What makes this sled unique is its contoured bottom or bed identified in the two cross-sectioned figures by the numeral 2. This bottom 2 has three longitudinal "lanes" identified in FIG. 4 by the numerals 3, 4 and 5 respectively. The middle lane 4 is narrowest in its mid portion, approximately 4" to 6" narrow, and widest at the front and rear ends, both approximately 8" to 10" wide. This middle lane 4 is also raised over the two lateral lanes 3 and 5 by 1/2" to 1" , except just behind the mid section of the sled where it appears raised over the two lateral lanes at the level of their knee pockets 4" to 5" as the middle lane 4 remains approximately flat or slightly humped but the two lateral lanes 3 and 5 sink down to form the knee pockets 6 and 7. The middle lane 4 just described has an approximately flat front. The front of the sled 8 to its rear 9 has, however, a very subtle upswept hump towards the middle of the sled being approximately 3" to 4" at its highest point which coincides with the front lip or knee hold 10 and 11 of the knee pockets 6 and 7 of each of the two lateral lanes 3 and 5 of the sled. The two lateral lanes 3 and 5 are a mirror image of one another correspondingly narrower at the front and rear ends and wider at their mid portion at the site described as knee pockets symmetrical areas. The width of these lower set lateral lanes 3 and 5 is approximately 3" to 4" at their two ends, and 4" to 6" at the knee pockets. As the obstacle-free and smoother middle lane, the anterior half of both lateral lanes is slightly upswept from the front to the point of the relatively sharp drop that starts two knee pockets. The point of sharp drop or lip, identified in the drawings for each lateral lane respectively by the numerals 10 and 11, just in front of each knee pocket, is thus approximately 3" to 4" higher, over the imaginary horizontal bottom line of the sled, than the front or forward part of the two lateral lanes 3 and 5. To avoid injuries in a collision or dismount, such front lip of each knee pocket should be reasonably smooth and possibly slightly rounded while maintaining a relatively sudden drop or sink into each knee pocket for the purpose of providing a good hold and embracing action upon each knee without the need of straps. From the said lip 10 or 11 in each lateral lane 3 and 5, to the deepest knee-resting area, the semi-vertical, but mildly knee-contoured rounded drop is 3" to 5". If the total front-to-back length of the sled is divided into four equal size quarters, the said holding lips 10 and 11 divide the 2nd and 3rd quarters while the knee-resting area of each lateral lane occupies the 3rd quarter. From the deepest part of the knee pockets, the two lateral lanes bed rises slowly so it is at the same horizontal level approximately at the 4th quarter of the sled and at the first quarter or front end. The overall contour of the knee pockets 6 and 7 is rounded and concave from front to back and also in cross section (i.e. from the prominence of the middle lane 4 to the lateral edge of the sled 1.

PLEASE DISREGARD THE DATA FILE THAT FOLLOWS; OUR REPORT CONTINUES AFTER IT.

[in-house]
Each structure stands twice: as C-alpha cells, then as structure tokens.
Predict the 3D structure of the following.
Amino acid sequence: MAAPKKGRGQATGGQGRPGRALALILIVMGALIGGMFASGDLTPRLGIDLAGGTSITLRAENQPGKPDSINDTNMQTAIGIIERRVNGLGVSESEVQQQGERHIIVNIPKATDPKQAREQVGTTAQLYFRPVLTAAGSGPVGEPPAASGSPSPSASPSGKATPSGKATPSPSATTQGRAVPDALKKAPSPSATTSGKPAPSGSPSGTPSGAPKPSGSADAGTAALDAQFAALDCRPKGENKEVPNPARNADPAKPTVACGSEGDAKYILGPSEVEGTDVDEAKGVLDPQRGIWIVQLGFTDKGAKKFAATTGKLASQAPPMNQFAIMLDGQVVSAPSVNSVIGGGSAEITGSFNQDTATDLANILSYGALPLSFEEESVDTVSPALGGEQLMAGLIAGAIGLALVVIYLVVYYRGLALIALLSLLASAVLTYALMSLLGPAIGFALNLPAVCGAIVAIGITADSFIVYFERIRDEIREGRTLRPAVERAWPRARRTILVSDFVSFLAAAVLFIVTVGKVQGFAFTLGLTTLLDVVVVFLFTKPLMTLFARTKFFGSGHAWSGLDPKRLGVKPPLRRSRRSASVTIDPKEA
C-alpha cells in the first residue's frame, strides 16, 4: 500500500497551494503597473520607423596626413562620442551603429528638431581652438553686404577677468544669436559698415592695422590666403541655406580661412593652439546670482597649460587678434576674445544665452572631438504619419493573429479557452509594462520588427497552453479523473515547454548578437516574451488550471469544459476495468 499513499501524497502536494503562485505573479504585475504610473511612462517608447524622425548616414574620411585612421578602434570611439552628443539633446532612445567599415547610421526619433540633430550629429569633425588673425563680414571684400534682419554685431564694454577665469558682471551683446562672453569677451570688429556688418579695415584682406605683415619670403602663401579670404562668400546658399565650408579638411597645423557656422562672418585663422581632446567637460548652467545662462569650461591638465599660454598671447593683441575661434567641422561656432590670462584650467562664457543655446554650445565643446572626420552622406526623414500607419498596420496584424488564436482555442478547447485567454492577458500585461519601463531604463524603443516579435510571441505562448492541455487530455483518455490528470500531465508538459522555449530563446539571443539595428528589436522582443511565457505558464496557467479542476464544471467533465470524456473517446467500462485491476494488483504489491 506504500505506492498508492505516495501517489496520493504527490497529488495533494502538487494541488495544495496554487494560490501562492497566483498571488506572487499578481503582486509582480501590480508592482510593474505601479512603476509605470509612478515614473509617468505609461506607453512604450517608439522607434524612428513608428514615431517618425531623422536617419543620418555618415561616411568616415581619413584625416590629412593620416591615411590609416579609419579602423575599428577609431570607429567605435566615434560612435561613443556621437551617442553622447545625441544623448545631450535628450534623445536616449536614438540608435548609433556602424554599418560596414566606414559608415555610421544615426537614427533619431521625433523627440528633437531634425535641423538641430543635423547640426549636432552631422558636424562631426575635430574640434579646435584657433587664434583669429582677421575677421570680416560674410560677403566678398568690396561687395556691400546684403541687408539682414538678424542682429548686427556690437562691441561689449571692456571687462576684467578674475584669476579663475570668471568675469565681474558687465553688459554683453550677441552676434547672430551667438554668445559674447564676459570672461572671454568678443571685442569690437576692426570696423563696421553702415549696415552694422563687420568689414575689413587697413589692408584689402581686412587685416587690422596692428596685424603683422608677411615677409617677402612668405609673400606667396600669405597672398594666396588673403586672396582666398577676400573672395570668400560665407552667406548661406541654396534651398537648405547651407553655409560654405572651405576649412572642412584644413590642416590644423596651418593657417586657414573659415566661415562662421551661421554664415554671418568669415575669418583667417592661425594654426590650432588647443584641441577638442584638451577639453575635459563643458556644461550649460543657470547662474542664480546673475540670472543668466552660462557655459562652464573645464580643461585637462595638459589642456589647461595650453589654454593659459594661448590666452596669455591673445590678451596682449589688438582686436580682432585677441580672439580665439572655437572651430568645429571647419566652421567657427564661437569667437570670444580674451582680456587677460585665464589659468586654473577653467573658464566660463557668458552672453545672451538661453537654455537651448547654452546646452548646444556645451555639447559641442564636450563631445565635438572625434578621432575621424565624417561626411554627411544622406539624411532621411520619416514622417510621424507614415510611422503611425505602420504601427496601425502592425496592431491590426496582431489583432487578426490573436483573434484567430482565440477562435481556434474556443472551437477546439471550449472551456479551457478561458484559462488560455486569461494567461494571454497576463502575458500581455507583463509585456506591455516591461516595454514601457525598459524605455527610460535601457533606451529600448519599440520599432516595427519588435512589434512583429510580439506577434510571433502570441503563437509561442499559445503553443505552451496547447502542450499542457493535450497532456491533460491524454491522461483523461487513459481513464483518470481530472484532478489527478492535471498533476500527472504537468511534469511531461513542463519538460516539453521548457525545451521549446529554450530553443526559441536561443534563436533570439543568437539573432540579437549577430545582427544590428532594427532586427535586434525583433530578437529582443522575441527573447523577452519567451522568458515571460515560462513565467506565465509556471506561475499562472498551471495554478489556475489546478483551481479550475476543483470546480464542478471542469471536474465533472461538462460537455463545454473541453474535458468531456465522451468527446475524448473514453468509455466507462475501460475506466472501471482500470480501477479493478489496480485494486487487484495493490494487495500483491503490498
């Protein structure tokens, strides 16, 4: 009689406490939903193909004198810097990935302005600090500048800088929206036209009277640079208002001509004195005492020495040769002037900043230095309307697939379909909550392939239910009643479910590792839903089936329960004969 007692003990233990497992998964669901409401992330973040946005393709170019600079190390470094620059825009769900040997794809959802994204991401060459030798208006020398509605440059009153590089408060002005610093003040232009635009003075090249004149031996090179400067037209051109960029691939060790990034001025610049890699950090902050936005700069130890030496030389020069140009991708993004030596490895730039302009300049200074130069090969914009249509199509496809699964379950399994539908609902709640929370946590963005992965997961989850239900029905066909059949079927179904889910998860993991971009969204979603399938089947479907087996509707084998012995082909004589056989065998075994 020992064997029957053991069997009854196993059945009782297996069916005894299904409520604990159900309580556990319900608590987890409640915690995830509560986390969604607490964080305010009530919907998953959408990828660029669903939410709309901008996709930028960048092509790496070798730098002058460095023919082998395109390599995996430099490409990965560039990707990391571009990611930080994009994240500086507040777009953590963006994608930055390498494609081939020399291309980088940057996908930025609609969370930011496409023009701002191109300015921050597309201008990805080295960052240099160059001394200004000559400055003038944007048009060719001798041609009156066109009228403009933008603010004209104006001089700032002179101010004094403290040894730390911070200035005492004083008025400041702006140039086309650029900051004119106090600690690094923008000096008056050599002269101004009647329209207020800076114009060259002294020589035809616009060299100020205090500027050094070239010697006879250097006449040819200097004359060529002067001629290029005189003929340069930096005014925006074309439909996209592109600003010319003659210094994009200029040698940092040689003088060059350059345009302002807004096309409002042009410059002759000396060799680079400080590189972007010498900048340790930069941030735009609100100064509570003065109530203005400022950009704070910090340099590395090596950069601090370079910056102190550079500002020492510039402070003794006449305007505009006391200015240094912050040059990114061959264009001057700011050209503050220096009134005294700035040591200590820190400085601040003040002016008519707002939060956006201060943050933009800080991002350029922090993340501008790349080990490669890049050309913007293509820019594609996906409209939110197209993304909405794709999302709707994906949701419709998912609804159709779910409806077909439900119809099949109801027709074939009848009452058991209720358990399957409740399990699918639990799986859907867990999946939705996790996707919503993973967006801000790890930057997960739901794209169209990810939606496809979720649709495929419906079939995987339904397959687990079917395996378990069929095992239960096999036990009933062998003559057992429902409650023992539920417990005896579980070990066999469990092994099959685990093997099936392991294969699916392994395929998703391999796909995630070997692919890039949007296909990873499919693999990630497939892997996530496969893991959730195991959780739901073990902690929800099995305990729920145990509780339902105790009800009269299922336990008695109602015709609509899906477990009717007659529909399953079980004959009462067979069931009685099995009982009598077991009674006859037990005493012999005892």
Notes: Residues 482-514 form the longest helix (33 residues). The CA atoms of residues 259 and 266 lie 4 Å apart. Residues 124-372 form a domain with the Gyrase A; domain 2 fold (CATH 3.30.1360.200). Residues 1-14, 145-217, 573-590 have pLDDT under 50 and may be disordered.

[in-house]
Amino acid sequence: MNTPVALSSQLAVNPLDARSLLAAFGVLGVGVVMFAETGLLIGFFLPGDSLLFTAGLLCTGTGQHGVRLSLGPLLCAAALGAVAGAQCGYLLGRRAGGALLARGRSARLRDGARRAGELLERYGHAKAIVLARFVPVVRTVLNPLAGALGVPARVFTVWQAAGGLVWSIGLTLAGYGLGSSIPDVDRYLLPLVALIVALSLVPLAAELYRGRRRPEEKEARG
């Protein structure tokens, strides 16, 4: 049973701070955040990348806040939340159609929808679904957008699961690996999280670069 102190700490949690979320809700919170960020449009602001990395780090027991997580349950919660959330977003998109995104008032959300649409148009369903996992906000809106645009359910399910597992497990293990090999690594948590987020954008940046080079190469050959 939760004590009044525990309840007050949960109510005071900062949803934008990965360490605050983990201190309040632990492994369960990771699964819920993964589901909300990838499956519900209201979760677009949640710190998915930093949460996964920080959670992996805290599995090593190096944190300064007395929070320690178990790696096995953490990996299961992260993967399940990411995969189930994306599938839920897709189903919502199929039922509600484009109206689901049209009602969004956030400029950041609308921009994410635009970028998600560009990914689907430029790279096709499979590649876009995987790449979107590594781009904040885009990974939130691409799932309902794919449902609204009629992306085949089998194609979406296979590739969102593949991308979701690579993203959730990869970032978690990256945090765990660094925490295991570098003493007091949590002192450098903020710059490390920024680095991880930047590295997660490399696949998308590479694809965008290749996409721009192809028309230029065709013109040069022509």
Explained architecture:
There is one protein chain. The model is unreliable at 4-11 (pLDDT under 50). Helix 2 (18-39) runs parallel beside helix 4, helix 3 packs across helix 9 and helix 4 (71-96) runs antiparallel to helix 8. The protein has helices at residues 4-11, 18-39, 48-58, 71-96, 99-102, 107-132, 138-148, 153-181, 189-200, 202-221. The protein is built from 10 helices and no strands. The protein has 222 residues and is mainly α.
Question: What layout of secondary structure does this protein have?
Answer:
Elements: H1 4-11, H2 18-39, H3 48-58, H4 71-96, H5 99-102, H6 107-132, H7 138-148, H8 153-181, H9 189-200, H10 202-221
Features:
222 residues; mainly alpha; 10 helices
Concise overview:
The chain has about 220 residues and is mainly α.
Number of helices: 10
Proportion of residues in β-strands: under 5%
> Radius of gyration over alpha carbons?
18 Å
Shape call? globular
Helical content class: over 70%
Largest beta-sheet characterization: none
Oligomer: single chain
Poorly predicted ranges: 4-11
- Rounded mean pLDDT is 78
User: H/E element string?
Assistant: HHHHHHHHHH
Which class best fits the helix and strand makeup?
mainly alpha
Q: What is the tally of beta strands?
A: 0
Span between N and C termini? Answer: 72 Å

Variations in the treatment of the corners, roundedness or squaredness of the front end (drawn differently in FIGS. 3, 4 and 5) or in the inclination or out-curving of the outer edge, are considered only cosmetic and unimportant.